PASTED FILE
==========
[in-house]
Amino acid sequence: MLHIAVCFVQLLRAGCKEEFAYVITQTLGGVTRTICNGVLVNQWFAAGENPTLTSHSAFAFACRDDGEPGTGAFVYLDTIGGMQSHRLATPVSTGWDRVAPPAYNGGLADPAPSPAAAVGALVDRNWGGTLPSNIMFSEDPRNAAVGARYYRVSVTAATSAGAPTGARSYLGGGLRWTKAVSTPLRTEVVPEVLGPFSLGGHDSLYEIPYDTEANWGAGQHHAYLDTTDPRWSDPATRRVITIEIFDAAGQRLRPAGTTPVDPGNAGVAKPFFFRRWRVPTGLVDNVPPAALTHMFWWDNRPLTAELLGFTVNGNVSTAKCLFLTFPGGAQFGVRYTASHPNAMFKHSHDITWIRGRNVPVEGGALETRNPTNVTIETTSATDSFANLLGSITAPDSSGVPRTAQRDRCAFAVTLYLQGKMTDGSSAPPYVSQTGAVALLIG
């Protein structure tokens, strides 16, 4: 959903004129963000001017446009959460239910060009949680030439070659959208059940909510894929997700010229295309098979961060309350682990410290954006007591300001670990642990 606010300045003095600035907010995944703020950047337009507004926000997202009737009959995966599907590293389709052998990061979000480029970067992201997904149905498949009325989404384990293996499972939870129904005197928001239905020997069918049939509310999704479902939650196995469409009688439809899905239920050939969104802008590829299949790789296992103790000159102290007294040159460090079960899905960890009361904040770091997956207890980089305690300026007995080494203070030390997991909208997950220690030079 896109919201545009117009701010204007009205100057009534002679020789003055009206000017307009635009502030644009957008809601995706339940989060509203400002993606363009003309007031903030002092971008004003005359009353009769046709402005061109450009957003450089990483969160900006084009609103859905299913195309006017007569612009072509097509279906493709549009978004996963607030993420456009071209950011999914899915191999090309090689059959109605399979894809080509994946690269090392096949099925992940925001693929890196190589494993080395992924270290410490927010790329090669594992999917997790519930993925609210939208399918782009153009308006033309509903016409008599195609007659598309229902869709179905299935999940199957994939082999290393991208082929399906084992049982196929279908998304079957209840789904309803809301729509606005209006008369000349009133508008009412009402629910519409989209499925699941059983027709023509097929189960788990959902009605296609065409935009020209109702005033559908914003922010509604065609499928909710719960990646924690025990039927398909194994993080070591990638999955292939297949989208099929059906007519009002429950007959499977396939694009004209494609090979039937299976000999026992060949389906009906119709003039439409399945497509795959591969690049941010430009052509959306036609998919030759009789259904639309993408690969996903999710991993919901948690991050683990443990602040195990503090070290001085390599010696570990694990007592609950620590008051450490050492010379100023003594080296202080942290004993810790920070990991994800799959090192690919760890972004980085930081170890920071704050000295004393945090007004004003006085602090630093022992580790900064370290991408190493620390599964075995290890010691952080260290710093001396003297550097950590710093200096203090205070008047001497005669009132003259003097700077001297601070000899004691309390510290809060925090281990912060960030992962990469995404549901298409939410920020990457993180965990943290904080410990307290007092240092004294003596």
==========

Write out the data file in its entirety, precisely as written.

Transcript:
[in-house]
Amino acid sequence: MLHIAVCFVQLLRAGCKEEFAYVITQTLGGVTRTICNGVLVNQWFAAGENPTLTSHSAFAFACRDDGEPGTGAFVYLDTIGGMQSHRLATPVSTGWDRVAPPAYNGGLADPAPSPAAAVGALVDRNWGGTLPSNIMFSEDPRNAAVGARYYRVSVTAATSAGAPTGARSYLGGGLRWTKAVSTPLRTEVVPEVLGPFSLGGHDSLYEIPYDTEANWGAGQHHAYLDTTDPRWSDPATRRVITIEIFDAAGQRLRPAGTTPVDPGNAGVAKPFFFRRWRVPTGLVDNVPPAALTHMFWWDNRPLTAELLGFTVNGNVSTAKCLFLTFPGGAQFGVRYTASHPNAMFKHSHDITWIRGRNVPVEGGALETRNPTNVTIETTSATDSFANLLGSITAPDSSGVPRTAQRDRCAFAVTLYLQGKMTDGSSAPPYVSQTGAVALLIG
């Protein structure tokens, strides 16, 4: 959903004129963000001017446009959460239910060009949680030439070659959208059940909510894929997700010229295309098979961060309350682990410290954006007591300001670990642990 606010300045003095600035907010995944703020950047337009507004926000997202009737009959995966599907590293389709052998990061979000480029970067992201997904149905498949009325989404384990293996499972939870129904005197928001239905020997069918049939509310999704479902939650196995469409009688439809899905239920050939969104802008590829299949790789296992103790000159102290007294040159460090079960899905960890009361904040770091997956207890980089305690300026007995080494203070030390997991909208997950220690030079 896109919201545009117009701010204007009205100057009534002679020789003055009206000017307009635009502030644009957008809601995706339940989060509203400002993606363009003309007031903030002092971008004003005359009353009769046709402005061109450009957003450089990483969160900006084009609103859905299913195309006017007569612009072509097509279906493709549009978004996963607030993420456009071209950011999914899915191999090309090689059959109605399979894809080509994946690269090392096949099925992940925001693929890196190589494993080395992924270290410490927010790329090669594992999917997790519930993925609210939208399918782009153009308006033309509903016409008599195609007659598309229902869709179905299935999940199957994939082999290393991208082929399906084992049982196929279908998304079957209840789904309803809301729509606005209006008369000349009133508008009412009402629910519409989209499925699941059983027709023509097929189960788990959902009605296609065409935009020209109702005033559908914003922010509604065609499928909710719960990646924690025990039927398909194994993080070591990638999955292939297949989208099929059906007519009002429950007959499977396939694009004209494609090979039937299976000999026992060949389906009906119709003039439409399945497509795959591969690049941010430009052509959306036609998919030759009789259904639309993408690969996903999710991993919901948690991050683990443990602040195990503090070290001085390599010696570990694990007592609950620590008051450490050492010379100023003594080296202080942290004993810790920070990991994800799959090192690919760890972004980085930081170890920071704050000295004393945090007004004003006085602090630093022992580790900064370290991408190493620390599964075995290890010691952080260290710093001396003297550097950590710093200096203090205070008047001497005669009132003259003097700077001297601070000899004691309390510290809060925090281990912060960030992962990469995404549901298409939410920020990457993180965990943290904080410990307290007092240092004294003596």